MEGHAN MARKLE has revealed she was left feeling suicidal and battling thoughts of self-harm during her time in England as part of the Royal family.
In a highly anticipated interview with chat show host Oprah which aired in the US last night, Meghan Markle described her life as a Royal and the destructive effect it had on her mental health, particularly the rumours-- which she said were vastly untrue-- which appeared about her in the British press.
The groundbreaking interview saw Ms Markle and her husband, Prince Harry, speak openly about what drove them to step back from royal life and make a new life in America with their son Archie.
One of the most shocking moments from the interview saw Ms Markle admit that the pressures from the family and the press led her mental health to disintegrate, and told Oprah that at one point she "didn't want to be alive anymore".
She had been the victim of "character assassination" in the press, and the family-- who she referred to as 'the firm'-- did not support her, and in fact helped "perpetuate falsehoods" against her.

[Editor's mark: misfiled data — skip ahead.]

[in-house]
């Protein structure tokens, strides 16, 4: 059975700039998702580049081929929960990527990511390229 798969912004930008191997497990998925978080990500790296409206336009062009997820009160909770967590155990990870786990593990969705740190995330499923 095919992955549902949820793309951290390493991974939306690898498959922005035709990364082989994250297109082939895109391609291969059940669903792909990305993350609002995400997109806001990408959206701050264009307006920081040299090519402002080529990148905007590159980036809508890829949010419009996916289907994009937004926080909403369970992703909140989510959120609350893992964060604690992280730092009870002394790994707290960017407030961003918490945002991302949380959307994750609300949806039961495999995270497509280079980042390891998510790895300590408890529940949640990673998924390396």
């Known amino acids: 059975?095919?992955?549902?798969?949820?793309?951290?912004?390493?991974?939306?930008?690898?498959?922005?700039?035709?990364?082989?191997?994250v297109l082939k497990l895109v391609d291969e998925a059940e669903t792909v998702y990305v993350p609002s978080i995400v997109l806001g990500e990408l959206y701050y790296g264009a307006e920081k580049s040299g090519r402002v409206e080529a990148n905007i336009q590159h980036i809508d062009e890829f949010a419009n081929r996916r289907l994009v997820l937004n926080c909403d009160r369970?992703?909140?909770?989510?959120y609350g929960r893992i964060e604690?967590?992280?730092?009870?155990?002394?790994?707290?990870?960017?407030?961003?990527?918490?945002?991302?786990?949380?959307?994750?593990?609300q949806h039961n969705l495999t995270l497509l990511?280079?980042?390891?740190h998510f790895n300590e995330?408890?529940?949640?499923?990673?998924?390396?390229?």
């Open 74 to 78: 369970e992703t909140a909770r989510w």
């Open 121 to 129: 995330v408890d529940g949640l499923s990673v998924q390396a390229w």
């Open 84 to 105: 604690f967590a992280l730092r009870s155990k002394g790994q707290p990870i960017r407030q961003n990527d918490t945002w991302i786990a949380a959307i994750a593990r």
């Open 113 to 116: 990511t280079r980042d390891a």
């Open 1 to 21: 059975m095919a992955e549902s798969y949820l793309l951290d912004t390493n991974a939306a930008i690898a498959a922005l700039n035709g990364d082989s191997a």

"I was really ashamed to have to say it at the time," she told the chat show host about when she was forced to admit she was suicidal, "and ashamed to have to admit it to Harry especially."
"But I knew that if I didn't say that, I would do it.
"I just didn't want to be alive anymore."
"And that was a very clear and real and frightening and constant thought."
The interview aired a clip of Harry and Meghan appearing at an event in the Royal Albert Hall, which Ms Markle revealed took place just hours after she told her husband that she was feeling suicidal and on the verge of self-harming.
"And I remember, I remember how he just cradled me," she said-- but the pair attended the event anyway as "I can't be left alone, I'm afraid of what I might do".
Ms Markle said she was 'weeping' whenever the lights went down during the show but put a smile back on her face when the lights went up.
The Duchess of Sussex revealed she had asked a senior royal about the possibility of seeking inpatient care but was told this was not possible as "it wouldn't be good for the institution" of the family.
The groundbreaking interview will be broadcast across Ireland tonight on RTÉ 2 at 9.35pm.